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Can An Advocate Exercise His Right To Practice While In Full Time Employment, Allahabad HC Answers [Read Judgment]

By Lawstreet News Network      Apr 18, 2019      0 Comments

The Allahabad High Court on April 5, 2019, in the case of Shiv Kumar Pankha and Another v. Hon’ble High Court Of Judicature At Allahabad And Another, has observed that an advocate enrolled with the Bar Council ceases to practice as an advocate as soon as he/she takes a full time salaried employment even if he/she continues to occasionally appear in the court for his/her employer.

A Division Bench comprising of Justice Pankaj Mithal and Justice Saumitra Dayal Singh was hearing petitions filed by two candidates for the Uttar Pradesh Higher Judicial Service Examination-2018. The petitions were filed against the order passed on November 28, 2018, wherein their candidature was rejected on the ground that they are in full time employment as Law Officers in Banks.

As per the relevant rules for selection, a candidate is eligible for the post of District Judge only if he has been for not less than seven years an advocate or a pleader. The contention raised by the petitioners was that the guidelines/circulars of the Reserve Bank of India permit the Law Officers of the Bank to participate in legal proceedings before the courts, and thus they never ceased to practice law before the courts despite full time employment with the Bank.

However, the court rejected their contention and observed that occasional appearance of full time salaried employees in Courts/ Tribunals on behalf of their employer cannot be taken to mean that they are continuing to be in practice as advocates.

The court took into consideration Rule 49 of the Bar Council of India Rules, which states that:

“An advocate shall not be a full-time salaried employee of any person, government, firm, corporation or concern, so long as he continues to practise, and shall, on taking up any employment, intimate the fact to the Bar Council on whose roll his name appears, and shall thereupon cease to practise as an advocate so long as he continues in such employment

Thus holding that full time employee can’t be an advocate, the court said that "Rule 49 of the Bar Council of India Rules clearly stipulates that an advocate who accepts a full time salaried employment ceases to practice as an advocate so long as he continues in such employment. In other words, as soon as an advocate enters into full time salaried employment, he loses the right to practice even though he may represent the employer before the law courts. Rule 49 of the Bar Council of India Rules creates a legal fiction to the effect that a person duly enrolled as an advocate ceases to be one as soon as he takes a full time employment on salary even if continues to occasionally appear in law Court."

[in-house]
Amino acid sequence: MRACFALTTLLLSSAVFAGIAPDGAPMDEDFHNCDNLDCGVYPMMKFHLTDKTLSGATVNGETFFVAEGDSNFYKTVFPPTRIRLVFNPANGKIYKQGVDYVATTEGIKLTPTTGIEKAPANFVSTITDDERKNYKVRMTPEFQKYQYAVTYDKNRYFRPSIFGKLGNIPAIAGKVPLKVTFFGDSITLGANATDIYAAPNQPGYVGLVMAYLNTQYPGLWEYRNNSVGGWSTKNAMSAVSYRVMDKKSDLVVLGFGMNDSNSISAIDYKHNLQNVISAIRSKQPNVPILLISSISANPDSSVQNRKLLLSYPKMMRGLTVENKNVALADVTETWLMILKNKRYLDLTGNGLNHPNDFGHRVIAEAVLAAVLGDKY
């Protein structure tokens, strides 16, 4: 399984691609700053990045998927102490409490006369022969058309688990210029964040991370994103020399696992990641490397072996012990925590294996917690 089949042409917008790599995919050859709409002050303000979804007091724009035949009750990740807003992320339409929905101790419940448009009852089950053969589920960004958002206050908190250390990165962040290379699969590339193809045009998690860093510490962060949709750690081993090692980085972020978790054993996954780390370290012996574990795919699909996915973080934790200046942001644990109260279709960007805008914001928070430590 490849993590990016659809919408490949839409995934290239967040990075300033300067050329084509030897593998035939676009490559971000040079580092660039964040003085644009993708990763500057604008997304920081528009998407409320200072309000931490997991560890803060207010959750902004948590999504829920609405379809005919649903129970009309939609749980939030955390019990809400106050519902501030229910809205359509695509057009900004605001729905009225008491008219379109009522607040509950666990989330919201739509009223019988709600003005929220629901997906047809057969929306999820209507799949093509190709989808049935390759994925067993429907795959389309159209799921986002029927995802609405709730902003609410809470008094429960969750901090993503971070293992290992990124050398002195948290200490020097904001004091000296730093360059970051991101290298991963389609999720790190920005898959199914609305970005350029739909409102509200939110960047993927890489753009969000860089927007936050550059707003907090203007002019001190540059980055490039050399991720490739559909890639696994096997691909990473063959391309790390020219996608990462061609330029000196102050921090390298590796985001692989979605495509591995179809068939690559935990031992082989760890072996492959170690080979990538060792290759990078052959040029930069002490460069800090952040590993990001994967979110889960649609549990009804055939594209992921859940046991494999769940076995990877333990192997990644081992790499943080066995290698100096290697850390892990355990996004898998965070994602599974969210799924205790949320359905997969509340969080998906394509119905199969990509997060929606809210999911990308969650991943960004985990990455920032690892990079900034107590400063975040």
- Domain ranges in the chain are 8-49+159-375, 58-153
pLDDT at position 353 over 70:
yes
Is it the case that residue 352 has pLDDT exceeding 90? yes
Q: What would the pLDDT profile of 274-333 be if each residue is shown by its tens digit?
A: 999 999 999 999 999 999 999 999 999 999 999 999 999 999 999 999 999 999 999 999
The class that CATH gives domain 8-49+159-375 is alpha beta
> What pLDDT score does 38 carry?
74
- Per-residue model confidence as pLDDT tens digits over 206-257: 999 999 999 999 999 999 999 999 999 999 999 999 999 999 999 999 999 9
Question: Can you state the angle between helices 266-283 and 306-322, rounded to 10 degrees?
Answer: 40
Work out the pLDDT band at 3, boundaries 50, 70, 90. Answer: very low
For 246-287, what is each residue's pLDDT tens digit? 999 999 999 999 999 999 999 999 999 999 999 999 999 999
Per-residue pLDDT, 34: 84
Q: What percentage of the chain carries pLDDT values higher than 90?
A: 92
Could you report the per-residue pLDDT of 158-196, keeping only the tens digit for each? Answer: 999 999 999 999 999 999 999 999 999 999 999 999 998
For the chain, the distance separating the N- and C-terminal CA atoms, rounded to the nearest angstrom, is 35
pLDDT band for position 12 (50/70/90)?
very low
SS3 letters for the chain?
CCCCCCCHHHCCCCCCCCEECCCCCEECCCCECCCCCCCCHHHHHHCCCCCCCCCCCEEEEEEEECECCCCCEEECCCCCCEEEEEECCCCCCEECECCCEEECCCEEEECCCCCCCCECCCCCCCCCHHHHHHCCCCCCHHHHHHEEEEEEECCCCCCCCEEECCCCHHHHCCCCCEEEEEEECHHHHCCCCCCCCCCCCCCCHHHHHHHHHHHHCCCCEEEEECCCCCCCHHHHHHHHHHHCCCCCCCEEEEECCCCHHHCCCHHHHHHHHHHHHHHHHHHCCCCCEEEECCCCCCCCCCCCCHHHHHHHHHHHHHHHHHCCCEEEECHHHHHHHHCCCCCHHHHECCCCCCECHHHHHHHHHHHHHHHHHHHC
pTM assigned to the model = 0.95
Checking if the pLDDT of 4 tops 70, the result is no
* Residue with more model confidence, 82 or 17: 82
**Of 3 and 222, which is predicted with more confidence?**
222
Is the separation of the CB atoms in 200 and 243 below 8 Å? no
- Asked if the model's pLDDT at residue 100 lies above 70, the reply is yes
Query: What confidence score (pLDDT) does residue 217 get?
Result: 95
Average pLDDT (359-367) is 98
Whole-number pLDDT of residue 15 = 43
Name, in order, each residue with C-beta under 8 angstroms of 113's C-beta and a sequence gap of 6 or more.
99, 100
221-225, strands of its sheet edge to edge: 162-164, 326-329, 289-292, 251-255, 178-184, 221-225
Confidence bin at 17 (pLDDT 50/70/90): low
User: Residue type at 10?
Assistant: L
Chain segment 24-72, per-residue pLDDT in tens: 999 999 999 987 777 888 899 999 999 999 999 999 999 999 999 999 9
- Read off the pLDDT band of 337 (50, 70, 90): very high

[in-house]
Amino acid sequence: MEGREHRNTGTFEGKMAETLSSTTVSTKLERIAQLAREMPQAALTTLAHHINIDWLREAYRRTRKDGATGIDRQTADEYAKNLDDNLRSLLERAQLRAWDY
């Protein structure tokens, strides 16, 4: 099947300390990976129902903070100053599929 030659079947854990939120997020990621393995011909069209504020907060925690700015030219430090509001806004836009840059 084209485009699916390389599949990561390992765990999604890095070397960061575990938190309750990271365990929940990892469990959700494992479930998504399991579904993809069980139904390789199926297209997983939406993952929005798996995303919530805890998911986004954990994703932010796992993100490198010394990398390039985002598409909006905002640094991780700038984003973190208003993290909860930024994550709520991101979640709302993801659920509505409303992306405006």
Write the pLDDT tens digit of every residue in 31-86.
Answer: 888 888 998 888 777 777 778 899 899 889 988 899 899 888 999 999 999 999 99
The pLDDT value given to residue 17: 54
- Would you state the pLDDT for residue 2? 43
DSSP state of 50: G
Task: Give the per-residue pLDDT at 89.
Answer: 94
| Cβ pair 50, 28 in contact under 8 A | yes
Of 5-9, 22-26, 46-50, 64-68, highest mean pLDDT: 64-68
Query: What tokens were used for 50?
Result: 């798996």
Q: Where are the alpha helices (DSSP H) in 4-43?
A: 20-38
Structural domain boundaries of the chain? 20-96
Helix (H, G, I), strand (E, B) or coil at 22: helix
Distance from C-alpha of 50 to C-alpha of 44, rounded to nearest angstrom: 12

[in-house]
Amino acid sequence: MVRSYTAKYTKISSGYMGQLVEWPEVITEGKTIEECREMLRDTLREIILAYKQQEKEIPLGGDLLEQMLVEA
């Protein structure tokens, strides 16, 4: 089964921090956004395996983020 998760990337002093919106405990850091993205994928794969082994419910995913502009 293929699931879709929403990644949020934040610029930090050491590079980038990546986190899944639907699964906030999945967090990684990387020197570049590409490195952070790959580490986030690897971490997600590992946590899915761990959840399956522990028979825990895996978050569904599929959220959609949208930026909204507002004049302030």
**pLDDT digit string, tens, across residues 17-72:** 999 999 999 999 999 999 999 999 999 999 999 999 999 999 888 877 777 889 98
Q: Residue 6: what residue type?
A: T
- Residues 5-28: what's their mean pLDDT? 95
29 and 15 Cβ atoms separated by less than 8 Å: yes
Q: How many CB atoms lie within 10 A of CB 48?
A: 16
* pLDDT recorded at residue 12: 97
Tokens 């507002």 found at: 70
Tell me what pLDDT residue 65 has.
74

Therefore, the court said that the period of full time employment as Law Officer with the Bank despite his appearance before the court as part of the service condition would not make him a practicing advocate for the purpose of selection/appointment as District Judge.

Further, distinguishing the petitioner’s case with the Supreme Court judgment in Deepak Aggarwal v. Keshav Kaushik, wherein persons employed as public prosecutor/District Authority were recognized as advocates, the Bench said that “Mere occasional appearance of such employees in Courts/ tribunals while in full time employment in few cases that too solely on behalf of their employer cannot be taken to mean that they are continuing to be in practice as advocates. It is but natural that in such employment their main job is not that of pleading and arguing cases before the law courts on behalf of a variety of persons as is expected of an advocate. The nature of their duties is mostly of advising, conveyance etc., which may not allow them enough time for regular appearance before the law courts thus depriving them of experience of a lawyer. Any effort to treat persons in such employment as practicing advocates would be de hors of Rule 49 of the Bar Council of India Rules. An advocate is a person who assists, defends, pleads, or prosecute for another. At times he may represent the State or the public at large in matters of public concern such as in criminal cases and for this limited purpose is a public advocate. The public prosecutor or the district attorney as such by the nature of his work is a public advocate. He as such despite his full time engagement with the State does not cease to be advocate. This is an exception to Rule 49 of the Bar Council of India Rules." Accordingly, in view of the above legal position, the Bench held that the petitioner who has full time employment of the SBI ceased to be an advocate and his service period will not be counted/added in his practice as an advocate to make him eligible for UPHJS. Therefore, the petition was dismissed.

[Read Judgment]

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